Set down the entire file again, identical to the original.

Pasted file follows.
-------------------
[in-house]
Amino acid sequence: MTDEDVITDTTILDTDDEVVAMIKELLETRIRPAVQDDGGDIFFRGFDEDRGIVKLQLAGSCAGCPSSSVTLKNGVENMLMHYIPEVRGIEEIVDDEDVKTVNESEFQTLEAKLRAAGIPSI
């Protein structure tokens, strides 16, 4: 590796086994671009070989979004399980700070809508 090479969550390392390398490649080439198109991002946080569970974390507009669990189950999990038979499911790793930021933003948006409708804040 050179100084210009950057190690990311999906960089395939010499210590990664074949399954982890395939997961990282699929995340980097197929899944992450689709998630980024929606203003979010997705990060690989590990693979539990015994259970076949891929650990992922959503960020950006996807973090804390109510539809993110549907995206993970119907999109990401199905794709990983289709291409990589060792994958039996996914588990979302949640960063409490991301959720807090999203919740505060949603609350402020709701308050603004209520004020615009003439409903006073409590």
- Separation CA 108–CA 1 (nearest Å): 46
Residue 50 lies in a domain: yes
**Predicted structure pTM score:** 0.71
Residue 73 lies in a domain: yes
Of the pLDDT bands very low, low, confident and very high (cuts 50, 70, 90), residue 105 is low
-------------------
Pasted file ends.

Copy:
[in-house]
Amino acid sequence: MTDEDVITDTTILDTDDEVVAMIKELLETRIRPAVQDDGGDIFFRGFDEDRGIVKLQLAGSCAGCPSSSVTLKNGVENMLMHYIPEVRGIEEIVDDEDVKTVNESEFQTLEAKLRAAGIPSI
């Protein structure tokens, strides 16, 4: 590796086994671009070989979004399980700070809508 090479969550390392390398490649080439198109991002946080569970974390507009669990189950999990038979499911790793930021933003948006409708804040 050179100084210009950057190690990311999906960089395939010499210590990664074949399954982890395939997961990282699929995340980097197929899944992450689709998630980024929606203003979010997705990060690989590990693979539990015994259970076949891929650990992922959503960020950006996807973090804390109510539809993110549907995206993970119907999109990401199905794709990983289709291409990589060792994958039996996914588990979302949640960063409490991301959720807090999203919740505060949603609350402020709701308050603004209520004020615009003439409903006073409590």
- Separation CA 108–CA 1 (nearest Å): 46
Residue 50 lies in a domain: yes
**Predicted structure pTM score:** 0.71
Residue 73 lies in a domain: yes
Of the pLDDT bands very low, low, confident and very high (cuts 50, 70, 90), residue 105 is low